Alien Technology Corporation v. Intermec, Inc. et al, No. 3:2006cv00051 - Document 918 (D.N.D. 2010)

Court Description: ORDER by Chief Judge Ralph R. Erickson denying 907 Motion for Reconsideration of Claim Construction Order and Entry of Summary Judgment of Non-infringement of US Patent No. 5,030,807 re 466 Order (RRE) (Main Document 918 replaced on 12/15/2010 at the request of chambers to remove directive to clerk to enter a final judgment. NEF regenerated to all parties) (lf).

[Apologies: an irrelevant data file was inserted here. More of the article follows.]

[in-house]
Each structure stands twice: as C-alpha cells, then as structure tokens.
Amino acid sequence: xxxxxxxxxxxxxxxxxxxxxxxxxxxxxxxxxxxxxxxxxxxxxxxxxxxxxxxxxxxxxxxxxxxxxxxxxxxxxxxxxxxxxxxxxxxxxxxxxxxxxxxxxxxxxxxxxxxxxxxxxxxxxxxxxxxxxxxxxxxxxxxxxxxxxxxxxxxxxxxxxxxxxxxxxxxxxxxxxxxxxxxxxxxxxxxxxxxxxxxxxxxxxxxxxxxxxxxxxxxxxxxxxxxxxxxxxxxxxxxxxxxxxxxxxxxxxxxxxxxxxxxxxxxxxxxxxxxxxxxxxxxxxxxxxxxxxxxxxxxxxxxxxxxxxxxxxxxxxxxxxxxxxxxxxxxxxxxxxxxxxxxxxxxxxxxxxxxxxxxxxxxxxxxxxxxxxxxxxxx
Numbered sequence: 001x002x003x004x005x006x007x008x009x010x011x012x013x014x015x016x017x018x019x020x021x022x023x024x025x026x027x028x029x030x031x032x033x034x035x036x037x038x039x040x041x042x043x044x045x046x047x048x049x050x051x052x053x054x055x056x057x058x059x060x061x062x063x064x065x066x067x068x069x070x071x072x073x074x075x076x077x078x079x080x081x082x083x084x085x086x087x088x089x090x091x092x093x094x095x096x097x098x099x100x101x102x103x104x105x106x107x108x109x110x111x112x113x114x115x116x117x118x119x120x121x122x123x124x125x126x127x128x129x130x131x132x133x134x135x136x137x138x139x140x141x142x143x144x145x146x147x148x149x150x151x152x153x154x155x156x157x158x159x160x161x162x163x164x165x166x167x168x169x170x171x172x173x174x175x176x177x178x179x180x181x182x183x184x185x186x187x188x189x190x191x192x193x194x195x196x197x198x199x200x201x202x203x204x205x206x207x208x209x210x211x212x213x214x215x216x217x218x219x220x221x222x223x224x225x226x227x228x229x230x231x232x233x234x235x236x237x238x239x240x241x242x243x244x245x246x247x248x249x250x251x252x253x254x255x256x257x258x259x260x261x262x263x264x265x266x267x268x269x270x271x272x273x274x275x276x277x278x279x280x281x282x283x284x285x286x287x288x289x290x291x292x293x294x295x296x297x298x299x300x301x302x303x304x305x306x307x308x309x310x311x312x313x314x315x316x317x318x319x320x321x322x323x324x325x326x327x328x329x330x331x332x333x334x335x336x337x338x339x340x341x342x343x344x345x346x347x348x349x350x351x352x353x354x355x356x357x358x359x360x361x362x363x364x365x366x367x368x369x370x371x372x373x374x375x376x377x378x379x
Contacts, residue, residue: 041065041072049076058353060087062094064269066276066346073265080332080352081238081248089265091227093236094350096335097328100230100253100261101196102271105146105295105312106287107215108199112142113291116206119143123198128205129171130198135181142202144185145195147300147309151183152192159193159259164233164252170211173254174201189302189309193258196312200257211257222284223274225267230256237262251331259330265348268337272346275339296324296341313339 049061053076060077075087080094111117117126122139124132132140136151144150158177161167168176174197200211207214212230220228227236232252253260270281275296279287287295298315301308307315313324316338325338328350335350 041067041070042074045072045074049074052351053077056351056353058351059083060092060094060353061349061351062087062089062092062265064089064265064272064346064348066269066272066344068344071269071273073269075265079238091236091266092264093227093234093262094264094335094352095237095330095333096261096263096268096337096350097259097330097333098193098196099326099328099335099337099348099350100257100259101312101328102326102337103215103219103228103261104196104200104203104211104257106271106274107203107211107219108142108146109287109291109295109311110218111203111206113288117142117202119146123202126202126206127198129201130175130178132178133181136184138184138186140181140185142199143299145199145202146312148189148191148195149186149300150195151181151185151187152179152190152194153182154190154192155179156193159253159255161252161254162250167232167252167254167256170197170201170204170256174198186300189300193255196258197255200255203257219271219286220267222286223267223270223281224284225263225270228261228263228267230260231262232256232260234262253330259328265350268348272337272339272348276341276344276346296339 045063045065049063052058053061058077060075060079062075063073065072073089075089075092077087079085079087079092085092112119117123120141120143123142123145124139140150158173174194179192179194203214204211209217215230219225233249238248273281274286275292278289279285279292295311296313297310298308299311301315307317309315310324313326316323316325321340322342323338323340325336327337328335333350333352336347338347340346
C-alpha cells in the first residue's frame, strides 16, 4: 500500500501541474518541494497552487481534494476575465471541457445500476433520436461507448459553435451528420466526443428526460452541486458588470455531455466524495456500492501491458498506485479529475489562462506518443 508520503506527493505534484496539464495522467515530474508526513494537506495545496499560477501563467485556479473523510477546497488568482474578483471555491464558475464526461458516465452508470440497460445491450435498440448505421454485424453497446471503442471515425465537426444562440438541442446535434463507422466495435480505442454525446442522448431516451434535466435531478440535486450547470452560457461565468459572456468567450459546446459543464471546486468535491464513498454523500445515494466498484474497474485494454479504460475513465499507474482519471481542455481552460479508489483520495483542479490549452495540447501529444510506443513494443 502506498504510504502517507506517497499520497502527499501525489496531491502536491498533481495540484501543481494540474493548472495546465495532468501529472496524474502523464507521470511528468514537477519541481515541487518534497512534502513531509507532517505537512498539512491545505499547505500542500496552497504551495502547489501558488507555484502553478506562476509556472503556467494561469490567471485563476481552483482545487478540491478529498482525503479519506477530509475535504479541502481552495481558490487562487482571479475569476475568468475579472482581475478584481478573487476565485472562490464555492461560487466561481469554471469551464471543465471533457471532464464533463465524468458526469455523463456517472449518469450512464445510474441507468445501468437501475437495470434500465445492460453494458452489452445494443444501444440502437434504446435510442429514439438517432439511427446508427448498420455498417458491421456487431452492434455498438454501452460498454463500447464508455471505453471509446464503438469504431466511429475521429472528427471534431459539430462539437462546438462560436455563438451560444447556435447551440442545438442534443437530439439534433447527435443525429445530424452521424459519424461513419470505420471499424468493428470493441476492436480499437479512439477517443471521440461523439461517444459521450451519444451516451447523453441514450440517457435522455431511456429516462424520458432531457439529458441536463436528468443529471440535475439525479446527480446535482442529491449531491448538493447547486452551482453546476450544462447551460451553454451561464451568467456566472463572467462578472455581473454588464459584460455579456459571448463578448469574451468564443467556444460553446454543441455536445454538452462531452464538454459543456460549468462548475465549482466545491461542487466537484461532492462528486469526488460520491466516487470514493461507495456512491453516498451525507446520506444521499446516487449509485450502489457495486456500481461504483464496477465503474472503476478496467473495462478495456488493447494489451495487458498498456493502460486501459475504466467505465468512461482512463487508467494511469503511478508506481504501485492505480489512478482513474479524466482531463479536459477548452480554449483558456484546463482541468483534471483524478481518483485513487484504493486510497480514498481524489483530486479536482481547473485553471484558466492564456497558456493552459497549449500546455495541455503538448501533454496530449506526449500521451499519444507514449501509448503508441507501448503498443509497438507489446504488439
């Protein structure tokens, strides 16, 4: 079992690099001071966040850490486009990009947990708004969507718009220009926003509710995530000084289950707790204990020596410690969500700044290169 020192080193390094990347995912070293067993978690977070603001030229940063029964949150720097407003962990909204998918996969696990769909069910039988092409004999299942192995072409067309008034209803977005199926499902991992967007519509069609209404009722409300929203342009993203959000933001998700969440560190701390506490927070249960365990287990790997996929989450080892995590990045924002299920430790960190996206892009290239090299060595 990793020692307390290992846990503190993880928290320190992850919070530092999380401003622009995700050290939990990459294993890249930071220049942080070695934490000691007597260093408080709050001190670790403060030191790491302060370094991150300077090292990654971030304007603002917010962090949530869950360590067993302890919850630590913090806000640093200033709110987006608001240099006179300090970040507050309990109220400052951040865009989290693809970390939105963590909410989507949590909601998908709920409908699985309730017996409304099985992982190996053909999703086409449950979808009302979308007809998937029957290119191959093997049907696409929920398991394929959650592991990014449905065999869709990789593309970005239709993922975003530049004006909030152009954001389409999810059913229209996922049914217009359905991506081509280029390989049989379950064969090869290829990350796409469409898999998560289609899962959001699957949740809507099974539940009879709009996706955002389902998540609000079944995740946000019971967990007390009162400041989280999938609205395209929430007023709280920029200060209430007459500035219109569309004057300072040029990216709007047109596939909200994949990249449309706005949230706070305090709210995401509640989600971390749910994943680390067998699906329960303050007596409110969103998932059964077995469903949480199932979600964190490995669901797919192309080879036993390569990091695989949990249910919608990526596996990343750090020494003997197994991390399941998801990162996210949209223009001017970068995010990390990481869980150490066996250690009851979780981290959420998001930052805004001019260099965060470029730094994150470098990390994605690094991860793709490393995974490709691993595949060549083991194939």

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Alien Technology Corporation v. Intermec, Inc. et al Doc. 918 IN THE UNITED STATES DISTRICT COURT FOR THE DISTRICT OF NORTH DAKOTA SOUTHEASTERN DIVISION Alien Technology Corp., a Delaware corporation, Plaintiff, vs. Intermec, Inc., a Delaware corporation, Intermec Technologies Corporation, a Washington corporation, and Intermec IP Corp., a Delaware corporation, Defendants. ) ) ) ) ) ) ) ) ) ) ) ) ) MEMORANDUM OPINION AND ORDER ON INTERMEC’S MOTION FOR RECONSIDERATION Civil No. 3:06-cv-51 INTRODUCTION AND PROCEDURAL BACKGROUND Before the Court is Defendants’ (collectively hereafter “Intermec”) Motion for Reconsideration of the Court’s Claim Construction Order and Entry of Summary Judgment of NonInfringement regarding U.S. Patent No. 5,030,807 (hereafter “‘807 patent”) (Doc. #907). On June 27, 2008, this Court entered a Claim Construction Order (Doc. # 466) (hereafter “CC Order”). The Court thereafter, based in part on the CC Order, granted Plaintiff Alien Technology Corp.’s (hereafter “Alien”) Motion for Partial Summary Judgment of Non-Infringement of the ‘807 patent (Doc. #793). Following an ex parte re-examination of the ‘807 patent before the United States Patent and Trademark Office (hereafter “USPTO”), Intermec seeks reconsideration of the CC Order and the Summary Judgment Order asserting that the guidance of the USPTO undermines the reasoning of the Court’s previous orders. Alien has filed a brief in opposition (Docs. #908, 909). 1 INTERMEC’S ARGUMENTS Intermec contends the Court should alter or amend its previous Order granting partial summary judgment of non-infringement and portions of the CC Order because the USPTO findings are “fundamentally incompatible” with these Orders (Doc. #908, p. 5). Intermec asserts that the Court and the USPTO should use the same standards when construing the claims, and that the Court should defer to the USPTO’s expertise as expressed in the reconsideration. As a result, the Court should adopt the USPTO’s construction of the claims. SUMMARY OF DECISION Intermec has failed to meet the high standard of demonstrating a “manifest error of law or fact” to warrant reconsideration of the Court’s previous Orders. Intermec has also failed to act with due diligence, rendering reconsideration inappropriate. Intermec’s Motion for Reconsideration is DENIED. FACTUAL BACKGROUND This is an action seeking a declaration of non-infringement and invalidity of several patents, including the ‘807 patent owned by Intermec (Doc. # 1). The patents relate to radio frequency identification (hereafter “RFID”) technology that uses communication by radio waves to exchange information between a terminal and a tagged object for identification and tracking. Alien is a manufacturer of RFID tags and owns a manufacturing plant in Fargo. Intermec is a company that owns a number of patents, including patents related to RFID technology. The ‘807 patent is a RFID patent owned by Intermec. Intermec, after consolidation of this action with a Delaware case, answered Alien’s complaint. Intermec also asserted a counterclaim for infringement of the ‘807 patent (Doc. # 110). 2 On April 25, 2007, an unnamed third party submitted a request to the USPTO for an ex parte reexamination of the ‘807 patent (Doc. # 909, Exh. A, Becker Declaration). On September 25, 2007, the USPTO granted the request for re-examination (Doc. #909, Exh. B, Becker Declaration). Even though Intermec had full knowledge of the USPTO proceedings, it did not seek a stay of the infringement action while the re-examination pended, nor did it inform the Court or Alien that the process was taking place. Consequently, this Court held a Markman hearing from May 14-16, 2008 (Docs. #448, 449, & 451). At the hearing, the parties asserted the dispute centered on the construction of two phrases: “remote object” and “upon receipt of said RF signal”. The CC Order construed these two disputed terms (Doc. # 466, pp. 35-42). Following the entry of the CC Order, Intermec withdrew its infringement claim on the ‘807 patent, conceding that “as construed” the ‘807 Patent was not infringed, but reserving only its right to appeal the Court’s claim construction (Doc # 686). On December 18, 2008, the USPTO mailed its Office Action on the ex parte re-examination (Doc. #909, Exh. C, Becker Declaration). The USPTO determined claims one, four, five, and six are subject to re-examination; claims four, five, and six are patentable and/or confirmed; and claim one is rejected (Doc. #909, Exh. C, Becker Declaration). The USPTO’s basis for rejection of claim one was that it was anticipated by certain prior art references. On January 23, 2009, Alien moved for summary judgment of non-infringement based on Intermec’s withdrawal of its infringement contentions (Doc # 529). Intermec did not oppose Alien’s motion, although once again it reserved its right to appeal the CC Order (Doc. #466). The Court granted Alien’s summary judgment motion on August 25, 2009 (Doc. # 793). On April 16, 2010, Intermec informed the Court (and Alien) for the first time of the ex parte 3 re-examination proceedings regarding the ‘807 patent (Doc. #903).1 Intermec provided this information in anticipation of an upcoming status conference scheduled for April 19, 2010, which was scheduled to discuss issues unrelated to the ‘807 patent. Id. Intermec advised that the reexamination of the ‘807 patent was initiated in September of 2007, and that a re-examination certificate contradicting the Court’s CC Order would be issued shortly (Doc. #903). The USPTO issued the re-examination certificate on May 4, 2010, and Intermec filed it with the Court on May 26, 2010 (Doc. #909, Exh. G). The certificate confirmed the patentability of claims four, five, and six, and cancelled claim one. Id. ANALYSIS Intermec seeks reconsideration of portions of the CC Order and summary judgment of noninfringement regarding the ‘807 patent. Intermec contends the re-examination certificate constitutes “new and persuasive” evidence and “demonstrates the errors in the Court’s CC Order” (Doc. #908, p. 14). Intermec also contends the USPTO examiner’s decision to cancel claim one is “binding on the Court.” Thus, Intermec asks the Court to reconsider its previous decisions to “harmonize” the Court’s rulings with the USPTO’s findings. Id. 1. Intermec Fails to Meet the Standard Warranting Reconsideration The “Federal Rules of Civil procedure do not mention motions for reconsideration.” Broadway v. Norris, 193 F.3d 987, 989 (8th Cir. 1999). When determining whether to reconsider a decision, the Eighth Circuit has found persuasive the standard applied in the Seventh Circuit: Motions for reconsideration serve a limited function: to correct 1 The Court was aware of the USPTO proceedings regarding the ‘841 patent, but not the ‘807 patent. 4 manifest errors of law or fact or to present newly discovered evidence. Such motions cannot in any case be employed as a vehicle to introduce evidence that could have been adduced during the pendency of the summary judgment motion. The nonmovant has an affirmative duty to come forward to meet a properly supported motion for summary judgment. . . . Nor should a motion for reconsideration serve as the occasion to tender new legal theories for the first time. Hagerman v. Yukon Energy Corp., 839 F.2d 407, 414 (8th Cir 1988) (citations omitted). No Eighth Circuit case has defined “manifest error of law or fact”; however, the Seventh Circuit, the source from which the “manifest error” standard was taken, defines “manifest error” as “wholesale disregard, misapplication or failure to recognize controlling precedent on the part of the court.” Oto v. Metro. Life Ins. Co., 224 F.3d 601, 606 (7th Cir. 2000). The Court has carefully reviewed the CC Order, the arguments of the parties, and the actions taken by the USPTO. Despite Intermec’s assertions to the contrary, it is apparent the parties have strikingly different interpretations of the meaning of the USPTO’s actions and the application of the USPTO’s re-examination certificate to the prior decisions of the Court. After a searching and careful review of the entire record, the Court finds no apparent wholesale disregard or misapplication of controlling precedent warranting reversal or amendment of the CC Order or Summary Judgment Order. Intermec’s motion to reconsider is therefore without merit and is denied. A district court has broad discretion to reconsider its order granting summary judgment. Charter Communications Securties Litigation v. Scientific Atlanta, Inc., 443 F.3d 987, 993 (8th Cir. 2006). A motion “cannot be used to raise arguments which could have been raised prior to the issuance of judgment.” Id. Importantly, a party cannot tender new legal theories in a motion for reconsideration. Alliance Communications 5 Cooperative Inc. v. Global Crossing Telecommunications, Inc. 690 F. Supp. 2d 900 (D.S.D. 2010) (citing Concordia College Corp. v. W.R. Grace & Co., 999 F.2d 326, 330 (8th Cir. 1993)). As a general principle, when a party had the opportunity to raise an argument prior to the grant of summary judgment, that party cannot use a reconsideration motion to raise the issue after being unsuccessful on the original motion. Id. To rule otherwise would leave summary judgment orders uncertain. Intermec notes in its brief the Court failed to analyze or discuss the findings construing the ‘807 patent made by the Southern District Court of California two years earlier in Single Chip System Corp. v. Intermec IP Corp., No. 04-cv-1517 JAH(BLM)(Doc. 211)(S.D. Ca. April 18, 2006). (Doc. #908, p. 11). While it is true that neither the CC Order nor the Summary Judgment opinion expressly discusses the district court decision in Single Chip, a review of the record makes it plain that the case was raised, fully briefed by both parties and that Judge Webb necessarily considered both Intermec’s arguments and the reasoning of Single Chip unpersuasive. In Charter Communications, the moving party also argued that the district court “overlooked or misapplied” decisions from district courts in other circuits. Id. The Eighth Circuit determined the refusal to reach a different result was not an abuse of its discretion. Thus, Intermec’s assertions that the Court should follow or discuss another district court’s findings which have no precedential value, is not an appropriate basis for reconsidering a decision that is over two years old. Intermec argues this Court is obligated to follow the “findings” of the USPTO. Intermec asserts the USPTO examiner found the claims of the ‘807 patent were entitled to a broader scope than the Court’s construction in its CC Order (Doc. # 908 at p. 10). Intermec believes the Court should apply the same claim construction principles as the USPTO (Doc. # 908, p. 14). Contrary to Intermec’s assertions “the [USPTO] Board is required to use a different standard for construing 6 claims than that used by the district courts.” In re American Academy of Science Tech Center, 367 F3d 1359, 1369 (Fed. Cir. 2004). “It would be inconsistent with the role assigned to the [US]PTO in issuing a patent to require it to interpret claims in the same manner as judges who, post issuance, operate under the assumption that the patent is valid.” Id. Though Intermec asserts that the standards for construction are “essentially” the same, the case law reveals a different approach. The USPTO has an obligation to give all patent claims their “broadest reasonable construction consistent with the specification.” In re Suitco Surfaces, Inc., 603 F.3d 1374, 1379 (Fed. Cir. 1010); In re Zietz, 893 F.2d 319, 321 (Fed. Cir. 1989)(during patent examination the pending claims must be interpreted as broadly as their terms reasonably allow). Intermec’s argument fails to take into account the different role that the USPTO plays in the administrative process. In the patent process the USPTO is making a determination of patentability. Once the claim is presented to the courts a very different issue is presented: in a case involving validity and infringement the court looks to the specification, the prosecution history, prior arts, and other claims in order to determine the proper construction of the claim language. Atlantic Thermoplastics Co. Fatex Corp., 970 F.2d 834, 846 (Fed. Cir. 1992). Thus, the USPTO’s construction is merely one factor to be considered in the court’s determination. The district court’s ultimate inquiry is designed to make sure that the construction is the correct construction; i.e., that it construes the patent claims in a manner that “most naturally aligns with the patent’s description of the invention.” Phillips v. AWH Corp., 415 F.3d 1303, 1316 (Fed. Cir. 2005). In the end, the term can be determined only with a “full understanding of what the inventors actually invented and intended to envelop within the claim.” Id. The construction that stays true to the claim language and most naturally aligns with the patent’s description of the invention will be, 7 in the end, the correct construction.” Renishaw PLC v. Marposs Societa per Azioni, 158 F.3d 1243, 1250 (Fed. Cir. 1998). Assuming arguendo that the Court’s construction of the claims is inconsistent with and different from the USPTO’s construction, Intermec still fails to demonstrate that such construction constitutes a “manifest error of law or fact” warranting a change on the reconsideration motion. To the contrary, it appears that the claim construction handed down by Judge Webb is consistent with the evidence presented at the Markman hearing, that it is consistent with the established rules of claim construction, and that it represents a reasoned approach that gives “full understanding to what the inventors actually invented.” Renishaw, 158 F.3d at 1250. 2. Intermec Has Failed to Act with “Due Diligence” The rexamination of the ‘807 patent before the USPTO was an ex parte proceeding with participation by Intermec but not Alien. The Court and Alien were completely unaware of the ongoing proceedings before the USTPO. Intermec continued to litigate its claims before this Court while covertly participating in the re-examination process before the USPTO, effectively pursuing two tracks simultaneously. Intermec now seeks to bind this Court to determinations based on “new” evidence from the USPTO proceedings. The USPTO issued its office action on the ‘807 patent on December 18, 2008. Intermec was aware of the proceeding for months and chose not to inform the Court until April 2010, over two years later. In fact, Intermec consented to the entry of summary judgment of non-infringement, stating in its brief that it “respectfully disagreed” with the Court’s CC Order and that as construed summary judgment was proper (Doc. # 889 at p. 10-11). More strikingly, in December 2009 Intermec indicated that the Court should enter summary judgment as to all patents except the ‘841 patent (Doc. # 889 at p. 10-11). At the time of this 8 consent, only Intermec knew of the re-examination of the ‘807 patent pending before the USPTO. Intermec has demonstrated a lack of diligence and candor by failing to disclose the re-examination and bringing the “new” evidence to the Court’s attention. This is a sufficient basis for a denial of reconsideration. See United States v. Metro. St. Louis Sewer Dist., 440 F.3d 930, 933 (8th Cir. 2006) (movant for reconsideration must show that it “exercised due diligence” to discover the new evidence). Finally, even if the Court accepted that the re-examination certificate is “newly discovered” evidence and that Intermec acted diligently, the Court is of the opinion that the “findings” of the USPTO do not constitute persuasive and binding evidence of the meaning of the disputed terms warranting amendment or reversal of the CC Order or the Summary Judgment. Indeed the Court believes that even with the USPTO’s most recent statements, Judge Webb’s original CC Order represents a fair construction consistent with the evidence presented at the Markman hearing and that it represents a thoughtful and well-reasoned approach that gives “full understanding to what the inventors actually invented.” Renishaw, 158 F.3d at 1250. Additionally, even if the re-examination certificate could be construed as “new” evidence and Intermec acted diligently, according to this Court’s review, the “findings” by the USPTO do not constitute persuasive and unbiased evidence of the meaning of the disputed terms warranting amendment or reversal of the Court’s Orders. CONCLUSION For the foregoing reasons, Intermec’s motion for reconsideration is denied. IT IS SO ORDERED. Dated this 15th day of December, 2010. /s/ Ralph R. Erickson Ralph R. Erickson, Chief District Judge United States District Court 9